Reinhart is the CEO of thredUP, a site where parents can sell their kids’ used clothes using their dead-simple process and/or where parents can buy certified, pre-owned clothes directly from the company. thredUP went through a few fascinating iterations, initially starting out as a service to allow peer-to-peer swapping of clothes, but then they found the most activity was around children’s clothing; then after focusing on the kids’ clothing market, they realized they’d need massive scale in order to capture enough value from those P2P transactions. And, as a result, Reinhart and his team may have stumbled into a big idea as a result of their constant hunt for a larger problem and bigger market, specifically to help working-class families buy and sell assets that are frequently needed and normally expensive to acquire.
In this discussion, Reinhart dissects the thredUP’s trajectory and how he made the key decisions that has taken the company to where it is today, as well as other areas they could expand once the model is proven to have a chance to scale. He is remarkably honest in the video, reflecting on the choices he and his team made and learned from. This would be useful video for any founder focused on marketplaces and online-offline operations and logistics.
Here's one of the more compelling YouTube montage ads we've seen. Target and Deutsch LA string together clips of college applicants' reactions to the news they’ve been accepted. It's a simple concept illustrated well with powerful, heart-warming moments. As the copy pretty well sums up: "Every kid deserves this moment. Great schools can get them here." The collegiate focus works well for Target, and not just because the retailer is known for its abundant stock of school supplies and dorm decor. Target has also committed to doubling its $500 million in donatons to K-12 educational causes over the coming years, in part by awarding gift cards to local schools through a Facebook voting competition. As an aside, the commercial, which first aired during the Olympics, shares its basic idea—and at least one of its shots—with a recent online ad for the University of California system. The similarities are just a coincidence, per a Deutsch spokesperson, who said the agency had wrapped its commercial by the time UC's launched. Regardless, Target packages the message a lot more tightly. Credits after the jump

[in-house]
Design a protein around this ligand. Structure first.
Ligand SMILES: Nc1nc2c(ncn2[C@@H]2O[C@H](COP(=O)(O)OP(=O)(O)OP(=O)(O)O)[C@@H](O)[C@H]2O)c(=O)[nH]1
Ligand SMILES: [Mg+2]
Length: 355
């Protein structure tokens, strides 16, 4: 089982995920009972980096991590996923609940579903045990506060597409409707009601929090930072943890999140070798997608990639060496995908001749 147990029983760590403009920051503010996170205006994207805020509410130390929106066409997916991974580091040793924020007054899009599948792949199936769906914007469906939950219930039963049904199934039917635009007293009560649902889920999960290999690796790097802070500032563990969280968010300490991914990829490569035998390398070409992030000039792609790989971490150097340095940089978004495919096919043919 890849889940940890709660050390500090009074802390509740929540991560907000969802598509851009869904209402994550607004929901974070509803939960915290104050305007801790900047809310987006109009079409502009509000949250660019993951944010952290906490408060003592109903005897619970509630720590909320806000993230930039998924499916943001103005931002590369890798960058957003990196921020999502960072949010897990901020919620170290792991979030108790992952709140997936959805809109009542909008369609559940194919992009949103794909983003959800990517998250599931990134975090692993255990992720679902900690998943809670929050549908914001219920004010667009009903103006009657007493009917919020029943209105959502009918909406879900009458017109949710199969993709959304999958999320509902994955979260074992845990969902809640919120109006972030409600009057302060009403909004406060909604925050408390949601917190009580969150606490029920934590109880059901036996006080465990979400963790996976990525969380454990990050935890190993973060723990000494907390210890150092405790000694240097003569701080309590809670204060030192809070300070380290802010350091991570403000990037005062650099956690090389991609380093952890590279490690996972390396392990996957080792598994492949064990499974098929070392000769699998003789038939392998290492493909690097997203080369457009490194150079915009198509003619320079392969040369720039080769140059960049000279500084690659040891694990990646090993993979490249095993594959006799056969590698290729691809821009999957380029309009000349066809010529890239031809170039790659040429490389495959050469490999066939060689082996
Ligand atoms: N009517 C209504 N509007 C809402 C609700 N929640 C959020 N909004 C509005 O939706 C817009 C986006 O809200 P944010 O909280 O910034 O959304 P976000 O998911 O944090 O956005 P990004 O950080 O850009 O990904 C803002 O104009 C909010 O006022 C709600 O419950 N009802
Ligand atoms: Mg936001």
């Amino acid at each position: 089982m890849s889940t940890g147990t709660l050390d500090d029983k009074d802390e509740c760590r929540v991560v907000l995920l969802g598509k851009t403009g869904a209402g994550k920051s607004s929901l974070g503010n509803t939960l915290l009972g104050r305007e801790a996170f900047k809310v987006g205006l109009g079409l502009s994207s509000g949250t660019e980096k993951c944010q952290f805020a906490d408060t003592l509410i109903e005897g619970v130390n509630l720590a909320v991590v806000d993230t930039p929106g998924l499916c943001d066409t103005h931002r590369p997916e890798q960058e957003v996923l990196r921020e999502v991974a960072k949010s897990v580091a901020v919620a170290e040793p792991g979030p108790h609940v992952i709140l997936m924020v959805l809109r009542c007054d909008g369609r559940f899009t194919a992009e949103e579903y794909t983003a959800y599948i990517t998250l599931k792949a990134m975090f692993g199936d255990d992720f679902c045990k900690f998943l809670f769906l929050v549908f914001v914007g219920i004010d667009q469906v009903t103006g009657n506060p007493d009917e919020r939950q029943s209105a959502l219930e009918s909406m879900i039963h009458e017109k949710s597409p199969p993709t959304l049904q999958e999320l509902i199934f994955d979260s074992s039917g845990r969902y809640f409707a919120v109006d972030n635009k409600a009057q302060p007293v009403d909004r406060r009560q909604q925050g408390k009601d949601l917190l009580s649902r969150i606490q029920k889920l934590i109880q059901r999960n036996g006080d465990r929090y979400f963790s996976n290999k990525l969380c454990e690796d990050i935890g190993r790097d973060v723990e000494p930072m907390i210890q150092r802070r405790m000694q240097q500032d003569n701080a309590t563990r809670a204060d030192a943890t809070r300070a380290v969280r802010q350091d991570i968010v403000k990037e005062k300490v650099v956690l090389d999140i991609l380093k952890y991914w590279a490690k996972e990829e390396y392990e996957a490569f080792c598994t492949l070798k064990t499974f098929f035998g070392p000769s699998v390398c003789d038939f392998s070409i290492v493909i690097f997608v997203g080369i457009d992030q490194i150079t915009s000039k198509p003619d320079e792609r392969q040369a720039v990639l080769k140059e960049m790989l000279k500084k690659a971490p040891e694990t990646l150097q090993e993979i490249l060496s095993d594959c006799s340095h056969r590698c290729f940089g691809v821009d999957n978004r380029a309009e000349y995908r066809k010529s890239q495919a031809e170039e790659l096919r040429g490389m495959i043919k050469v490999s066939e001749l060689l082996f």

Agency: Deutsch LA
Chief Creative Officer: Mark Hunter
Group Creative Director: Karen Costello
Creative Director: Scott Hidinger
Creative Director: Jeff Bossin
Senior Art Director: Sara Oakley
Senior Copywriter: Melissa Langston-Wood
Director of Integrated Production: Vic Palumbo
Director of Broadcast Production: Victoria Guenier
Senior Producer: Eva Ellis
Associate Producer: Jamie Gartner
Editing: Arcade Editorial
Editor: Kim Bica
Assistant Editor(s): Pete D’Andrea
Producer: Amburr Farls
Lead Flame Artist: Claus Hansen
Flame Assistant: Krysten Richardson
Junior Flame Artist: Cary Welton
Executive Producer: Robert Owens
Producer: Ananda Reavis
Mixer: Mark Meyuhas
Assistant Mixer: Matt Miller
[Editor's note: This is another in a series of profiles of social media influencers presented by the Social Media Club. The profiles seek to explore how social media influencers around the world became involved in social media, what makes them tick, and where they are going from here.]
It’s important to understand what identity isn’t: Identity is not a password, it’s not root access, it’s not your calendar, it’s not your email, it’s not a technical achievement, it’s not your location, it’s not a user account in a system, it’s not your contacts and it’s not a feature.
So, what is identity? I think in its most basic form, your identity is the product of how you manage your attention and others’ access to that attention. Those areas where your attention is focused assemble to form a set of experiences that shape and influence where you’ll direct future attention. But that attention is interrupted all the time by people, events, things, desires, boredom, weather, etc. and that process of interruption is, largely, contained to physical space because that is a natural gate on access.